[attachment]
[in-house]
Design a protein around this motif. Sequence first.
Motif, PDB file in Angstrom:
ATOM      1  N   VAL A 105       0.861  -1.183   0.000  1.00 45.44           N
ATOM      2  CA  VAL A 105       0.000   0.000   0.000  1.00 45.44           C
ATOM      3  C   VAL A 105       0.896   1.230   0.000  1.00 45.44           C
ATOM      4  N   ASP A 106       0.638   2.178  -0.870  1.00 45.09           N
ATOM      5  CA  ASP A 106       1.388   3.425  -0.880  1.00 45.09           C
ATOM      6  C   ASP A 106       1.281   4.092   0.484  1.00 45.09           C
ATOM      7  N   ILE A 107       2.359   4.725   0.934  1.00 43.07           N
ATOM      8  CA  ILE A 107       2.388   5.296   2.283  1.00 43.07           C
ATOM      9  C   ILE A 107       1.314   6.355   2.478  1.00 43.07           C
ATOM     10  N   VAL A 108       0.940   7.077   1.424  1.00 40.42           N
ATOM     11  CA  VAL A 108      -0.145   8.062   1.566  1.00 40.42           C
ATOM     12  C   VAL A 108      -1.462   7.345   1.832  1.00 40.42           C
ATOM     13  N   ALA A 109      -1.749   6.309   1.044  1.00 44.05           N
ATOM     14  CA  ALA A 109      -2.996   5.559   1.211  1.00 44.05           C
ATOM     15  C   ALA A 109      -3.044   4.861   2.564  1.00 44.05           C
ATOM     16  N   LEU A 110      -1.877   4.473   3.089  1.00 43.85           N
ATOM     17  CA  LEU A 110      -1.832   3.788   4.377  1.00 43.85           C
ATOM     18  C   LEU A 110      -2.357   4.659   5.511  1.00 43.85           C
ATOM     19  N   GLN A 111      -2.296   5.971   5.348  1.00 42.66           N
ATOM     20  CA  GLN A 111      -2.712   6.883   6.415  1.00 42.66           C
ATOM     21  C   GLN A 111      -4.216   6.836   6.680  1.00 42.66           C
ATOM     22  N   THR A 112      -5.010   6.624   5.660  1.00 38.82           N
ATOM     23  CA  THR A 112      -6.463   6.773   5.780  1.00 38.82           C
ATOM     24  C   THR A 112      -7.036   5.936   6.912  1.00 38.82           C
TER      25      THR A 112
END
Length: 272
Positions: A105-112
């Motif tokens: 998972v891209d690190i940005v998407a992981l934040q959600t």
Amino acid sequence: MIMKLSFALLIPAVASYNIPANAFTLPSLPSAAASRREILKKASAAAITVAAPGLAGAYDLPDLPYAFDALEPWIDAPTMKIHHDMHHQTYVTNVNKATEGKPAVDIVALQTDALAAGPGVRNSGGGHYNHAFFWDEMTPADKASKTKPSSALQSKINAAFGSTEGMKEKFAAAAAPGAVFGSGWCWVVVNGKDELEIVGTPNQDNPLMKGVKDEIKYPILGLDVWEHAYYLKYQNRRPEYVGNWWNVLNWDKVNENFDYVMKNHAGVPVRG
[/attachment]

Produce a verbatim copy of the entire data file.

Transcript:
[in-house]
Design a protein around this motif. Sequence first.
Motif, PDB file in Angstrom:
ATOM      1  N   VAL A 105       0.861  -1.183   0.000  1.00 45.44           N
ATOM      2  CA  VAL A 105       0.000   0.000   0.000  1.00 45.44           C
ATOM      3  C   VAL A 105       0.896   1.230   0.000  1.00 45.44           C
ATOM      4  N   ASP A 106       0.638   2.178  -0.870  1.00 45.09           N
ATOM      5  CA  ASP A 106       1.388   3.425  -0.880  1.00 45.09           C
ATOM      6  C   ASP A 106       1.281   4.092   0.484  1.00 45.09           C
ATOM      7  N   ILE A 107       2.359   4.725   0.934  1.00 43.07           N
ATOM      8  CA  ILE A 107       2.388   5.296   2.283  1.00 43.07           C
ATOM      9  C   ILE A 107       1.314   6.355   2.478  1.00 43.07           C
ATOM     10  N   VAL A 108       0.940   7.077   1.424  1.00 40.42           N
ATOM     11  CA  VAL A 108      -0.145   8.062   1.566  1.00 40.42           C
ATOM     12  C   VAL A 108      -1.462   7.345   1.832  1.00 40.42           C
ATOM     13  N   ALA A 109      -1.749   6.309   1.044  1.00 44.05           N
ATOM     14  CA  ALA A 109      -2.996   5.559   1.211  1.00 44.05           C
ATOM     15  C   ALA A 109      -3.044   4.861   2.564  1.00 44.05           C
ATOM     16  N   LEU A 110      -1.877   4.473   3.089  1.00 43.85           N
ATOM     17  CA  LEU A 110      -1.832   3.788   4.377  1.00 43.85           C
ATOM     18  C   LEU A 110      -2.357   4.659   5.511  1.00 43.85           C
ATOM     19  N   GLN A 111      -2.296   5.971   5.348  1.00 42.66           N
ATOM     20  CA  GLN A 111      -2.712   6.883   6.415  1.00 42.66           C
ATOM     21  C   GLN A 111      -4.216   6.836   6.680  1.00 42.66           C
ATOM     22  N   THR A 112      -5.010   6.624   5.660  1.00 38.82           N
ATOM     23  CA  THR A 112      -6.463   6.773   5.780  1.00 38.82           C
ATOM     24  C   THR A 112      -7.036   5.936   6.912  1.00 38.82           C
TER      25      THR A 112
END
Length: 272
Positions: A105-112
């Motif tokens: 998972v891209d690190i940005v998407a992981l934040q959600t």
Amino acid sequence: MIMKLSFALLIPAVASYNIPANAFTLPSLPSAAASRREILKKASAAAITVAAPGLAGAYDLPDLPYAFDALEPWIDAPTMKIHHDMHHQTYVTNVNKATEGKPAVDIVALQTDALAAGPGVRNSGGGHYNHAFFWDEMTPADKASKTKPSSALQSKINAAFGSTEGMKEKFAAAAAPGAVFGSGWCWVVVNGKDELEIVGTPNQDNPLMKGVKDEIKYPILGLDVWEHAYYLKYQNRRPEYVGNWWNVLNWDKVNENFDYVMKNHAGVPVRG